Your Halloween Candy Portfolio


It's upon us: The one night a year when people open their doors and give away candy to children dressed as Hannah Montana, Spider-Man or Johnny Depp.

With candy on the brain, trick-or-treaters want more -- pillowcases more.

Perhaps that's why Americans will spend $2.1 billion on candy and dispense nine billion pieces of candy corn this year.

Those young, voracious appetites can't be satiated, but eventually parents tire and call the kids back indoors.

Then the real action begins: the great candy draft.

Use this guide, compiled from a heated discussion of retired trick-or-treaters, to find out where your candy ranks.

First Place: Full-Size Candy Bars

The bliss of finding the big boy Nestle Crunch or a Reese's with two generous peanut-butter cups doesn't fade with age. Volume, rarity and a deep emotional attachment make the full-size candy bar Halloween's holy grail.

Second Place: Fun-Size Favorites

Those diminutive bags or cute cardboard mini-boxes of classics like Mike and Ikes, Milk Duds and Junior Mints are ideal for instant gratification. The Halloween sizes of M&Ms, Skittles and Reese's Pieces are also perfect for when you've ingested too much already but just can't stop.

Third Place: Individual Hard Candies

Single wrapped pieces of candy, like butterscotch buttons and individual Tootsie Rolls (not to be confused with the larger one, which comes on a white cardboard sheath and yanks out baby teeth with each bite), is mildly exciting to receive at first. But hard candy just isn't that special -- it's given away for free at the barber shop. However, it keeps, and can be fun to throw. Plus, there is one sleeper pick: root-beer barrels.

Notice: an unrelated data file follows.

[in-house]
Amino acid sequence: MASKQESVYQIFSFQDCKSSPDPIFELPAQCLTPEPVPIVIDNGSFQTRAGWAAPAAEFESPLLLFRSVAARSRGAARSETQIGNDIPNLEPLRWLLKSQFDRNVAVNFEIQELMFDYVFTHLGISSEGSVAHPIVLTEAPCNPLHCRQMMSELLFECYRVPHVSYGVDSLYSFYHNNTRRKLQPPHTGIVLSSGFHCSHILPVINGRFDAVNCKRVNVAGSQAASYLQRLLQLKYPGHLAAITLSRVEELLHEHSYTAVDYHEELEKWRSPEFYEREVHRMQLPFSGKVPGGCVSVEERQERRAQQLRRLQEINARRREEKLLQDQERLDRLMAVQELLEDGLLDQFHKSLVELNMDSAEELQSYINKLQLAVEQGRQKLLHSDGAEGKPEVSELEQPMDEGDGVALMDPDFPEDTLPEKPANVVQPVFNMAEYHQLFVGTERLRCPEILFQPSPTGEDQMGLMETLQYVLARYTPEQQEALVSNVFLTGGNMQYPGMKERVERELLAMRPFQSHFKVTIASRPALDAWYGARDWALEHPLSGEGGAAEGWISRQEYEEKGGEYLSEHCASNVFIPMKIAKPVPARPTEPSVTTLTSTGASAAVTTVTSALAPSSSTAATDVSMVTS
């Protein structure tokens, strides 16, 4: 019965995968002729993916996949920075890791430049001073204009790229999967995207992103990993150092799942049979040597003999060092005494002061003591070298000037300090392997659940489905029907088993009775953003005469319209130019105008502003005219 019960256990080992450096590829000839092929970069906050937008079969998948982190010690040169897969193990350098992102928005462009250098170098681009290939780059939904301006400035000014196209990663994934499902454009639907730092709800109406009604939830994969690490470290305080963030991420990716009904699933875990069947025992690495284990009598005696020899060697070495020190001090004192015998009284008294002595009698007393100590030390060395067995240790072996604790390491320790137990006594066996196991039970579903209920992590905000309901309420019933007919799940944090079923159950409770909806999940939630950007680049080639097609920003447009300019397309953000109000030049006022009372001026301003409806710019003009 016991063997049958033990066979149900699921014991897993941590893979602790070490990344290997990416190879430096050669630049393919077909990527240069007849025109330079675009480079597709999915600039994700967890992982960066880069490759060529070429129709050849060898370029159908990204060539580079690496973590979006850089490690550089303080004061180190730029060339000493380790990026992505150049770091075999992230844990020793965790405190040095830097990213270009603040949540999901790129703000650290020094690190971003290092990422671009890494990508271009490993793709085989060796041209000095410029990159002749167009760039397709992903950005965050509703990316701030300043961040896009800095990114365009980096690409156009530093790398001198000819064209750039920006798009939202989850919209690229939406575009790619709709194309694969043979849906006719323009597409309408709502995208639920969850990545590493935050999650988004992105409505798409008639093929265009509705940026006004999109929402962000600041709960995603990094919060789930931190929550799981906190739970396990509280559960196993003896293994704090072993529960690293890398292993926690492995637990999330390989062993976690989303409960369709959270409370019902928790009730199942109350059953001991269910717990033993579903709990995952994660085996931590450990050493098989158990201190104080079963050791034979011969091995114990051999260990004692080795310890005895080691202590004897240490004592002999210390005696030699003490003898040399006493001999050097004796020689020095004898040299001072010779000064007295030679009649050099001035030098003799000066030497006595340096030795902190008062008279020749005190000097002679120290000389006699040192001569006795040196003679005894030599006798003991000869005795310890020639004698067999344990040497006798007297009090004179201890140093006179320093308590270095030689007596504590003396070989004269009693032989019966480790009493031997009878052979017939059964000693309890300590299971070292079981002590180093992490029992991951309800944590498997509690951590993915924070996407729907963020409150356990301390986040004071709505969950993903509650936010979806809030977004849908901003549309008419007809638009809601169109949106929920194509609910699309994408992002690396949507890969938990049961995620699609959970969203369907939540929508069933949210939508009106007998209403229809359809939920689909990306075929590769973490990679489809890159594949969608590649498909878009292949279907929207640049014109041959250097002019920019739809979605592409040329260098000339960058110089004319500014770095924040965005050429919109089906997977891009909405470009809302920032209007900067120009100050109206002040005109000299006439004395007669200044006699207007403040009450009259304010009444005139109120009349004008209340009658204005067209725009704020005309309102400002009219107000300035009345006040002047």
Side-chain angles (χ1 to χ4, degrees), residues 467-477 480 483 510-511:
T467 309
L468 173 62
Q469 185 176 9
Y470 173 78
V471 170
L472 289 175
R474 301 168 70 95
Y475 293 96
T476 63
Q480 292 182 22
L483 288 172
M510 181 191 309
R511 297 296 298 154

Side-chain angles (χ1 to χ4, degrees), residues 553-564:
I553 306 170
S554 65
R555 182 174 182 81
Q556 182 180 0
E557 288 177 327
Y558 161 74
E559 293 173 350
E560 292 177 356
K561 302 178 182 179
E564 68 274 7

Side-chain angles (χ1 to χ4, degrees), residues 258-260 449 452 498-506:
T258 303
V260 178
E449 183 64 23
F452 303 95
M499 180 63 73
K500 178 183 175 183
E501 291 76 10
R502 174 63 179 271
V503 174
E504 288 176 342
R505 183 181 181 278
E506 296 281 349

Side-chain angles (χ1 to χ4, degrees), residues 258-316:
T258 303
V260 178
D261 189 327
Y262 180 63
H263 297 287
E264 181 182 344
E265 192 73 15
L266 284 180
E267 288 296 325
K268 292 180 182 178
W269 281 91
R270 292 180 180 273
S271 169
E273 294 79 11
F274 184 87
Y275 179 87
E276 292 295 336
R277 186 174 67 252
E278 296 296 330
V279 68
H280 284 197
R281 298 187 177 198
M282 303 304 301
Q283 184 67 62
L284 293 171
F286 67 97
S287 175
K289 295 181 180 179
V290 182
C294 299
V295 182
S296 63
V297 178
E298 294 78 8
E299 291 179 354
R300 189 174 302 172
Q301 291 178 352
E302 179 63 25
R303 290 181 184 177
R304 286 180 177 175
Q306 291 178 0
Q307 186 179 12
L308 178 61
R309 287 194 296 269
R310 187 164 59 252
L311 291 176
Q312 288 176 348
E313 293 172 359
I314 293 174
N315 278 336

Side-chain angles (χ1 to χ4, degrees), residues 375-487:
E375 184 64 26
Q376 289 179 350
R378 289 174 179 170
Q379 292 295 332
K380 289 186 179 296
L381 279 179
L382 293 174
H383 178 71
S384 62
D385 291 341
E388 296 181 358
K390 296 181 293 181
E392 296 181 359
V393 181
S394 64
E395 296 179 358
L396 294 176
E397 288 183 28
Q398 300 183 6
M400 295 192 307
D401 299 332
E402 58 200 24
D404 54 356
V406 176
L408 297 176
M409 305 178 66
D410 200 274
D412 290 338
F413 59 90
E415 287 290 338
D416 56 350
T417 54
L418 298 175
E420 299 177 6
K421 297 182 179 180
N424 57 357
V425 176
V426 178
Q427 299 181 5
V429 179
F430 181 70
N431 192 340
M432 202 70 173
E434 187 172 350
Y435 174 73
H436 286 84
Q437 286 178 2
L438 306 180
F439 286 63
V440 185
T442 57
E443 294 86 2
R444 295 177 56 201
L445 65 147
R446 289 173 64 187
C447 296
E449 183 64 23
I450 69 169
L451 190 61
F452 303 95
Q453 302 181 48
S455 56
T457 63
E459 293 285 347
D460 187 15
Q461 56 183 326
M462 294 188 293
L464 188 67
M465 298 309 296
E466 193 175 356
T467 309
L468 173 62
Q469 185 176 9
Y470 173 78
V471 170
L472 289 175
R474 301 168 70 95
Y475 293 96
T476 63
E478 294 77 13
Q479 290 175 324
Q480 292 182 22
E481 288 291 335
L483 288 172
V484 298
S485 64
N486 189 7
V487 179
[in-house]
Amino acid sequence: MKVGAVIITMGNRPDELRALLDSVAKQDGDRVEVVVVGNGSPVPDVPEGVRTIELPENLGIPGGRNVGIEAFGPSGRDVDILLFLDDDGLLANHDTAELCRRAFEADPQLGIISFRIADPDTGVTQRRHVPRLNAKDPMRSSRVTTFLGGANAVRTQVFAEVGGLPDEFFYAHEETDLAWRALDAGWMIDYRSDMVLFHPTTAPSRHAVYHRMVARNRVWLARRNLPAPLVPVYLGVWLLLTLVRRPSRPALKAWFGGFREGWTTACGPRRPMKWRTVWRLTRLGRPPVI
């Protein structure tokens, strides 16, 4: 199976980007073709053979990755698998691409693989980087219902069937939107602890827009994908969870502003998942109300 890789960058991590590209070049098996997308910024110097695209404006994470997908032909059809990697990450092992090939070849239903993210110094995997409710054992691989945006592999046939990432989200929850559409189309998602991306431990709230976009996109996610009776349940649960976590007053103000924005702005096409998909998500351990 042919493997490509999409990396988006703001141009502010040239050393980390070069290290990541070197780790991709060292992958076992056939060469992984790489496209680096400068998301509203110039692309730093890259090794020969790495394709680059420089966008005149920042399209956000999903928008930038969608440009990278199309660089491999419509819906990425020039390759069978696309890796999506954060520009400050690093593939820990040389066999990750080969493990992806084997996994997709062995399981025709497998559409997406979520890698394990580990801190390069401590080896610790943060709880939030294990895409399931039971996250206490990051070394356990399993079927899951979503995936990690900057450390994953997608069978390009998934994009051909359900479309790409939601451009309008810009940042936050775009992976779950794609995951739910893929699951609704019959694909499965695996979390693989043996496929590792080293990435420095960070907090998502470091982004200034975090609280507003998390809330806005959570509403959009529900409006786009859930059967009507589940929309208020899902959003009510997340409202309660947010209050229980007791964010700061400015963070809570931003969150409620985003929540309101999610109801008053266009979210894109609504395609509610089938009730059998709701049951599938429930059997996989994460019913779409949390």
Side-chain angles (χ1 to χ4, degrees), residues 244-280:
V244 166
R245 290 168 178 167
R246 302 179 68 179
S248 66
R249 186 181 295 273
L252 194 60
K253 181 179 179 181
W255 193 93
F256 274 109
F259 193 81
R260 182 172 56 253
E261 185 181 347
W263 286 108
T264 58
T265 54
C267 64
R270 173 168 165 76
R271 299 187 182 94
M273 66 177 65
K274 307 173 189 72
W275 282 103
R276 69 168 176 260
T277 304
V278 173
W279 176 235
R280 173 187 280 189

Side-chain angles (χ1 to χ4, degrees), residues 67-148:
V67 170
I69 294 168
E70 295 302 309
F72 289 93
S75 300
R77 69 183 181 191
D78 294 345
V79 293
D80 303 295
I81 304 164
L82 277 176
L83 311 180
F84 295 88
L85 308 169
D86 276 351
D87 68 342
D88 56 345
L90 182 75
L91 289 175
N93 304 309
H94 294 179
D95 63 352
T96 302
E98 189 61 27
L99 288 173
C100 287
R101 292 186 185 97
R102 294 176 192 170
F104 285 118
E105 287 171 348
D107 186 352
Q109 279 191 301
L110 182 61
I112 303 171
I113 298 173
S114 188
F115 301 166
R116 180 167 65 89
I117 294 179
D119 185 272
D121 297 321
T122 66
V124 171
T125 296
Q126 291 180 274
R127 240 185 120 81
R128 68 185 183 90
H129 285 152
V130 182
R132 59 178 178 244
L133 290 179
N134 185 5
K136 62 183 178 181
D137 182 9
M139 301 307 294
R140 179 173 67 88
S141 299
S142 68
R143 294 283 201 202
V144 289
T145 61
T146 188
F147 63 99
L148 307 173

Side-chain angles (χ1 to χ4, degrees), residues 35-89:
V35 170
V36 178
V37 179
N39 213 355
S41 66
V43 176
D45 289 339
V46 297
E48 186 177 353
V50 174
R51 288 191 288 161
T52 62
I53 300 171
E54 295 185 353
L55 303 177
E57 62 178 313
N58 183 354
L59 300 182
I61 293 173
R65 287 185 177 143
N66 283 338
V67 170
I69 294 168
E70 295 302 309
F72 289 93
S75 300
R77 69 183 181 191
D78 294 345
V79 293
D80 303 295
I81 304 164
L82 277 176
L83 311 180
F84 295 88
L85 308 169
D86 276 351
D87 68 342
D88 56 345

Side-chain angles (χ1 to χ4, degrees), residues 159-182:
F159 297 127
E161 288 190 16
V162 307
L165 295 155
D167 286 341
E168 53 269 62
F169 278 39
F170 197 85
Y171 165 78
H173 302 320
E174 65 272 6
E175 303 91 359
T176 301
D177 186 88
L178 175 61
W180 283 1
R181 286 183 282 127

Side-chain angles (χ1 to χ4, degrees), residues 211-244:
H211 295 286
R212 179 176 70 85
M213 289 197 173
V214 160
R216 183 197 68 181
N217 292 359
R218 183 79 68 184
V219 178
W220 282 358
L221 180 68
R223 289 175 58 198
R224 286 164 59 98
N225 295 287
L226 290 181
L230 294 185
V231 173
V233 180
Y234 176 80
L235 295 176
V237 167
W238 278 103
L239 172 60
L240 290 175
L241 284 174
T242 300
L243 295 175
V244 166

Fourth Place: Sweet and Sour

While Nerds are the real deal, this category as a whole is bereft of quality treats. Lemonheads, Smarties, Pixie Sticks and SweeTarts can refresh the palate once in a while, but they're not a staple candy. Given 10 candies to take on a deserted island, nobody's picking Sprees.

Fifth Place: Lollipops

Like the sweet and sour category, a few entrants are acceptable. But after a single Blow Pop, who wants to spend 15 minutes attaining gum that goes stale after three chews? Plus, the stick always gets soggy and starts peeling into your mouth before you've reached the gooey epicenter. Still, the Dum Dum is a work horse. The Spangler Candy Company makes 8 million of them a day and sells 40% of its stock at Halloween.

And make no mistake, the brightly colored lollipops with the clear plastic wrapper commonly found at banks have no place in honest homes.

Last Place: The Untouchables

Candy falling into this realm could get your house egged later by kids who are too old to be out trick-or-treating. The category includes fruit (as in the real fruit, not fruit-flavored candy), pennies, dental floss and unpackaged candy that even a five-year-old knows has been sitting in the living room since last year. A double wag of the finger to anybody who's thinking about dishing out homemade treats.

And so with these sweet words of wisdom, go forth.

Support your local candy economy; turn a blind eye, just for tonight, on America's growing obesity; throw a few eggs if you want to relive your teenage years. And consider carefully before you trade that full-size Nestle Crunch for a Fireball.

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Aaron Kremer is a business reporter based in Richmond, Va. His work appears in the Los Angeles Times, Chicago Tribune, Virginia-Pilot and Virginia Business Magazine.

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